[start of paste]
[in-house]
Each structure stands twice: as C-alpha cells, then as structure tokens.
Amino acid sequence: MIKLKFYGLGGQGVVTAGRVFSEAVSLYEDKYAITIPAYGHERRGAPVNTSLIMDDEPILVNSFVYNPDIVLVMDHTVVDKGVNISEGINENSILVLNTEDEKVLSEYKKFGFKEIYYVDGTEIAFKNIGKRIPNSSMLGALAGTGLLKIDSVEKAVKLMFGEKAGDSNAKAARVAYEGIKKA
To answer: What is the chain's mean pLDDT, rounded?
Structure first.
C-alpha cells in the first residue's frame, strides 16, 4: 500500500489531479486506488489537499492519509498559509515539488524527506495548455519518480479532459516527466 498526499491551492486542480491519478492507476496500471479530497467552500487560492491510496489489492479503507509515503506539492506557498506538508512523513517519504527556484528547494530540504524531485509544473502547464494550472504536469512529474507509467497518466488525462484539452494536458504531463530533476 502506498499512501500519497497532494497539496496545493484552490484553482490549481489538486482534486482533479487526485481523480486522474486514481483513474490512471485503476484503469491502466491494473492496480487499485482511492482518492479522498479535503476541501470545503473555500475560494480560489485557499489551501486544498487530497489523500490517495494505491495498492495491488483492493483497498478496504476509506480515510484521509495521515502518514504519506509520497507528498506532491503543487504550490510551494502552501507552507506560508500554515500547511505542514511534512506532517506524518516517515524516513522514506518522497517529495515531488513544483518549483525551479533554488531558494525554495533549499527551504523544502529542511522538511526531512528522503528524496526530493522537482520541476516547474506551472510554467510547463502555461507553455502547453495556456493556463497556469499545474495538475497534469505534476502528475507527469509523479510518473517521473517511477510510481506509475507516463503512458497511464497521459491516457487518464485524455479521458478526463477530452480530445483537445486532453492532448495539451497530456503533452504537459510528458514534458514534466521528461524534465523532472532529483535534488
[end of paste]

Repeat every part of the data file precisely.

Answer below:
[in-house]
Each structure stands twice: as C-alpha cells, then as structure tokens.
Amino acid sequence: MIKLKFYGLGGQGVVTAGRVFSEAVSLYEDKYAITIPAYGHERRGAPVNTSLIMDDEPILVNSFVYNPDIVLVMDHTVVDKGVNISEGINENSILVLNTEDEKVLSEYKKFGFKEIYYVDGTEIAFKNIGKRIPNSSMLGALAGTGLLKIDSVEKAVKLMFGEKAGDSNAKAARVAYEGIKKA
To answer: What is the chain's mean pLDDT, rounded?
Structure first.
C-alpha cells in the first residue's frame, strides 16, 4: 500500500489531479486506488489537499492519509498559509515539488524527506495548455519518480479532459516527466 498526499491551492486542480491519478492507476496500471479530497467552500487560492491510496489489492479503507509515503506539492506557498506538508512523513517519504527556484528547494530540504524531485509544473502547464494550472504536469512529474507509467497518466488525462484539452494536458504531463530533476 502506498499512501500519497497532494497539496496545493484552490484553482490549481489538486482534486482533479487526485481523480486522474486514481483513474490512471485503476484503469491502466491494473492496480487499485482511492482518492479522498479535503476541501470545503473555500475560494480560489485557499489551501486544498487530497489523500490517495494505491495498492495491488483492493483497498478496504476509506480515510484521509495521515502518514504519506509520497507528498506532491503543487504550490510551494502552501507552507506560508500554515500547511505542514511534512506532517506524518516517515524516513522514506518522497517529495515531488513544483518549483525551479533554488531558494525554495533549499527551504523544502529542511522538511526531512528522503528524496526530493522537482520541476516547474506551472510554467510547463502555461507553455502547453495556456493556463497556469499545474495538475497534469505534476502528475507527469509523479510518473517521473517511477510510481506509475507516463503512458497511464497521459491516457487518464485524455479521458478526463477530452480530445483537445486532453492532448495539451497530456503533452504537459510528458514534458514534466521528461524534465523532472532529483535534488